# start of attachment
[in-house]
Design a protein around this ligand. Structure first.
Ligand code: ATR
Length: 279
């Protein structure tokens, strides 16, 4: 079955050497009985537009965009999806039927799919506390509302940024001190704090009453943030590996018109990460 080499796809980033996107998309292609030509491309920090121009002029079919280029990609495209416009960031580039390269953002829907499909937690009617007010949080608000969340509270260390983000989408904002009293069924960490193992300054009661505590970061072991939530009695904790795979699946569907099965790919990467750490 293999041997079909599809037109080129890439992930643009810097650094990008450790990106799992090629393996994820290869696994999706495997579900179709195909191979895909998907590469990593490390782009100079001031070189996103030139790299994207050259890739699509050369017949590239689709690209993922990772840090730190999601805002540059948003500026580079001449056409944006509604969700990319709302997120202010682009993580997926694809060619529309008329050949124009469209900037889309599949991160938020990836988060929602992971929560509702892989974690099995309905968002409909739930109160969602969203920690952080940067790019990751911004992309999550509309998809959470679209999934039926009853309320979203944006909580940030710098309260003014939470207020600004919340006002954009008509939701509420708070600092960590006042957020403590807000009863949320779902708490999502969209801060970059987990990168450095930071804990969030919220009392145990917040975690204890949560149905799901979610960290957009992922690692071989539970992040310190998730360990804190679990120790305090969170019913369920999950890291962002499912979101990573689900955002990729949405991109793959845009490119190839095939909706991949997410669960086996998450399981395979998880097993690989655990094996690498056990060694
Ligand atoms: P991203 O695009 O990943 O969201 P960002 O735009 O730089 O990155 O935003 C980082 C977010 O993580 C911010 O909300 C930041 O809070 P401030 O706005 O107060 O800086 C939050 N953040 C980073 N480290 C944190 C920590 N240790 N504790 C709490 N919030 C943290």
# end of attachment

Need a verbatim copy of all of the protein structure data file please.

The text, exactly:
[in-house]
Design a protein around this ligand. Structure first.
Ligand code: ATR
Length: 279
């Protein structure tokens, strides 16, 4: 079955050497009985537009965009999806039927799919506390509302940024001190704090009453943030590996018109990460 080499796809980033996107998309292609030509491309920090121009002029079919280029990609495209416009960031580039390269953002829907499909937690009617007010949080608000969340509270260390983000989408904002009293069924960490193992300054009661505590970061072991939530009695904790795979699946569907099965790919990467750490 293999041997079909599809037109080129890439992930643009810097650094990008450790990106799992090629393996994820290869696994999706495997579900179709195909191979895909998907590469990593490390782009100079001031070189996103030139790299994207050259890739699509050369017949590239689709690209993922990772840090730190999601805002540059948003500026580079001449056409944006509604969700990319709302997120202010682009993580997926694809060619529309008329050949124009469209900037889309599949991160938020990836988060929602992971929560509702892989974690099995309905968002409909739930109160969602969203920690952080940067790019990751911004992309999550509309998809959470679209999934039926009853309320979203944006909580940030710098309260003014939470207020600004919340006002954009008509939701509420708070600092960590006042957020403590807000009863949320779902708490999502969209801060970059987990990168450095930071804990969030919220009392145990917040975690204890949560149905799901979610960290957009992922690692071989539970992040310190998730360990804190679990120790305090969170019913369920999950890291962002499912979101990573689900955002990729949405991109793959845009490119190839095939909706991949997410669960086996998450399981395979998880097993690989655990094996690498056990060694
Ligand atoms: P991203 O695009 O990943 O969201 P960002 O735009 O730089 O990155 O935003 C980082 C977010 O993580 C911010 O909300 C930041 O809070 P401030 O706005 O107060 O800086 C939050 N953040 C980073 N480290 C944190 C920590 N240790 N504790 C709490 N919030 C943290």